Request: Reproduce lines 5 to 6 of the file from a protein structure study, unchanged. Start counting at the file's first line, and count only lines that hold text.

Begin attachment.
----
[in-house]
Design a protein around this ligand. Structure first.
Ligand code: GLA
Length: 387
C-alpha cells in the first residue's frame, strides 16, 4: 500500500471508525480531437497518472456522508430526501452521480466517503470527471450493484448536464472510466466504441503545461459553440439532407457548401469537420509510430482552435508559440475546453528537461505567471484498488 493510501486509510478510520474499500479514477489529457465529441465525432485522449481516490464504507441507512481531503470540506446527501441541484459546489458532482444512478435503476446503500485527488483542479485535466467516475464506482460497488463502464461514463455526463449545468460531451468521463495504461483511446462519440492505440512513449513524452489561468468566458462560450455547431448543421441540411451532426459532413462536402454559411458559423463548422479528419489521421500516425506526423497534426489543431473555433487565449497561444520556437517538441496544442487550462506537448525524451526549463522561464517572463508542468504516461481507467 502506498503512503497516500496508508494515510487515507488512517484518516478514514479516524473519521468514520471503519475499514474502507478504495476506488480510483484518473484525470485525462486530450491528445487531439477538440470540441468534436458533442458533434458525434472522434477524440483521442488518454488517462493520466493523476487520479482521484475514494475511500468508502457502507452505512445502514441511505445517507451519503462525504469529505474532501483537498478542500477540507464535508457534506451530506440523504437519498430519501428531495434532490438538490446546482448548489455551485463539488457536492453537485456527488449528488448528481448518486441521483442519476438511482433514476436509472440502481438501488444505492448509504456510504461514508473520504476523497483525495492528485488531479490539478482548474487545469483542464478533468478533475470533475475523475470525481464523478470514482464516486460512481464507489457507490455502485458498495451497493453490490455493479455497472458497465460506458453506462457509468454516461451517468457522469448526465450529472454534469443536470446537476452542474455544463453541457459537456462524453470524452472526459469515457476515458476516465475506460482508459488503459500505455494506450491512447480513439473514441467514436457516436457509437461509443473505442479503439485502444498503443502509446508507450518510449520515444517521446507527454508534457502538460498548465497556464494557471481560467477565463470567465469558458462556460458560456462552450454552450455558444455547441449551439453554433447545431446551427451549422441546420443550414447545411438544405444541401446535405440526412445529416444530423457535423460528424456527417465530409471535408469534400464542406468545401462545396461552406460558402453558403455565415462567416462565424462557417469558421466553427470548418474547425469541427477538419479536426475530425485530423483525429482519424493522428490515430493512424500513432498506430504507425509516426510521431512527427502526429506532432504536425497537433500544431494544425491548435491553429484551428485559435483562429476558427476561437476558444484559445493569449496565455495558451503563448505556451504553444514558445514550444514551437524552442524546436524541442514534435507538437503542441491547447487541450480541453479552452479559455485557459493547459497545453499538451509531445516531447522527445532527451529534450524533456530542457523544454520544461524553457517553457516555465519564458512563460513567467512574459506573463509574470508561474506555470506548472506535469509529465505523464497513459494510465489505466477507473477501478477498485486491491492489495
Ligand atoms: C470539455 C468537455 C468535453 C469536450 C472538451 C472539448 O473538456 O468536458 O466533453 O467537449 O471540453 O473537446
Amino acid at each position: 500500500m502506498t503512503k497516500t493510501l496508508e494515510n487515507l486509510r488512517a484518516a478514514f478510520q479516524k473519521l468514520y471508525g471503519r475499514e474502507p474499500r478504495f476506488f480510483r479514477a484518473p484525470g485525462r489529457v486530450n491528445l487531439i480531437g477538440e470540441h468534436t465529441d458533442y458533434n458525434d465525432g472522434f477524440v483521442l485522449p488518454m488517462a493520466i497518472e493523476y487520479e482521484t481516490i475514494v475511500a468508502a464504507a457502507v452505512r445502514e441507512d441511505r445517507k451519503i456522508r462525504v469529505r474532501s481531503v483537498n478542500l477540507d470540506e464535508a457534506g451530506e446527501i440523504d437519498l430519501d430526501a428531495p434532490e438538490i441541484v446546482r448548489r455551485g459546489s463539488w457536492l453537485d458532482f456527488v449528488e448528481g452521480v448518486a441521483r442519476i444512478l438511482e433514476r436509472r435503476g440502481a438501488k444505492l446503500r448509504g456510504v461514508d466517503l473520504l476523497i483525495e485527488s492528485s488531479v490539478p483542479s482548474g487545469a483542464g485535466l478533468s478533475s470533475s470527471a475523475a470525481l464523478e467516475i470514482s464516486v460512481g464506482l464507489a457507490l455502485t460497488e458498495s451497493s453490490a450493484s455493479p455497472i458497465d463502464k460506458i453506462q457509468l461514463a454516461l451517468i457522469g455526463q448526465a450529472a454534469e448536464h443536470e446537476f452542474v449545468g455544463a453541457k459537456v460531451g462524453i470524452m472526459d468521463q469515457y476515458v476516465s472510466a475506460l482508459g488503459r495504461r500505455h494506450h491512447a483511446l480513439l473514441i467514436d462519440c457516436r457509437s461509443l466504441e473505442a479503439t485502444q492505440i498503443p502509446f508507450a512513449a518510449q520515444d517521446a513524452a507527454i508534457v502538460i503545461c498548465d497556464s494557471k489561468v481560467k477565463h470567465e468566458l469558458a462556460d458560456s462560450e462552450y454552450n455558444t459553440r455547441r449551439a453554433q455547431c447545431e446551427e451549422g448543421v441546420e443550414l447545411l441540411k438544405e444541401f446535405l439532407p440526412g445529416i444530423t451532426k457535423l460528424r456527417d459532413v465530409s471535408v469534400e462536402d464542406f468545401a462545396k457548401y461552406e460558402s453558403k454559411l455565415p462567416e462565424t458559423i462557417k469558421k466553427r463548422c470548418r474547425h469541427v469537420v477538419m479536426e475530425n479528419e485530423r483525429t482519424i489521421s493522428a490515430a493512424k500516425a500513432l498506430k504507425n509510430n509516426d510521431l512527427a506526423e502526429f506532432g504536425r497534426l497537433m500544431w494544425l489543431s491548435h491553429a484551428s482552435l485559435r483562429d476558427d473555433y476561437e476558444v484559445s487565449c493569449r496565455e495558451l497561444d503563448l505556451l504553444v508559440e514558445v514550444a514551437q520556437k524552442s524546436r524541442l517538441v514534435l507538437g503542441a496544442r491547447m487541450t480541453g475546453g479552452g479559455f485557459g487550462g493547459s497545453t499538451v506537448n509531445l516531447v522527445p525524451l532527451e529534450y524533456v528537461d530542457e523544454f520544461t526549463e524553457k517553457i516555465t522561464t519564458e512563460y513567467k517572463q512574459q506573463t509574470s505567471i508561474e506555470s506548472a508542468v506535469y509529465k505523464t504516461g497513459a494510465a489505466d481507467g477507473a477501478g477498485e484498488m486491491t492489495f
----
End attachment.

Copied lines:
C-alpha cells in the first residue's frame, strides 16, 4: 500500500471508525480531437497518472456522508430526501452521480466517503470527471450493484448536464472510466466504441503545461459553440439532407457548401469537420509510430482552435508559440475546453528537461505567471484498488 493510501486509510478510520474499500479514477489529457465529441465525432485522449481516490464504507441507512481531503470540506446527501441541484459546489458532482444512478435503476446503500485527488483542479485535466467516475464506482460497488463502464461514463455526463449545468460531451468521463495504461483511446462519440492505440512513449513524452489561468468566458462560450455547431448543421441540411451532426459532413462536402454559411458559423463548422479528419489521421500516425506526423497534426489543431473555433487565449497561444520556437517538441496544442487550462506537448525524451526549463522561464517572463508542468504516461481507467 502506498503512503497516500496508508494515510487515507488512517484518516478514514479516524473519521468514520471503519475499514474502507478504495476506488480510483484518473484525470485525462486530450491528445487531439477538440470540441468534436458533442458533434458525434472522434477524440483521442488518454488517462493520466493523476487520479482521484475514494475511500468508502457502507452505512445502514441511505445517507451519503462525504469529505474532501483537498478542500477540507464535508457534506451530506440523504437519498430519501428531495434532490438538490446546482448548489455551485463539488457536492453537485456527488449528488448528481448518486441521483442519476438511482433514476436509472440502481438501488444505492448509504456510504461514508473520504476523497483525495492528485488531479490539478482548474487545469483542464478533468478533475470533475475523475470525481464523478470514482464516486460512481464507489457507490455502485458498495451497493453490490455493479455497472458497465460506458453506462457509468454516461451517468457522469448526465450529472454534469443536470446537476452542474455544463453541457459537456462524453470524452472526459469515457476515458476516465475506460482508459488503459500505455494506450491512447480513439473514441467514436457516436457509437461509443473505442479503439485502444498503443502509446508507450518510449520515444517521446507527454508534457502538460498548465497556464494557471481560467477565463470567465469558458462556460458560456462552450454552450455558444455547441449551439453554433447545431446551427451549422441546420443550414447545411438544405444541401446535405440526412445529416444530423457535423460528424456527417465530409471535408469534400464542406468545401462545396461552406460558402453558403455565415462567416462565424462557417469558421466553427470548418474547425469541427477538419479536426475530425485530423483525429482519424493522428490515430493512424500513432498506430504507425509516426510521431512527427502526429506532432504536425497537433500544431494544425491548435491553429484551428485559435483562429476558427476561437476558444484559445493569449496565455495558451503563448505556451504553444514558445514550444514551437524552442524546436524541442514534435507538437503542441491547447487541450480541453479552452479559455485557459493547459497545453499538451509531445516531447522527445532527451529534450524533456530542457523544454520544461524553457517553457516555465519564458512563460513567467512574459506573463509574470508561474506555470506548472506535469509529465505523464497513459494510465489505466477507473477501478477498485486491491492489495
Ligand atoms: C470539455 C468537455 C468535453 C469536450 C472538451 C472539448 O473538456 O468536458 O466533453 O467537449 O471540453 O473537446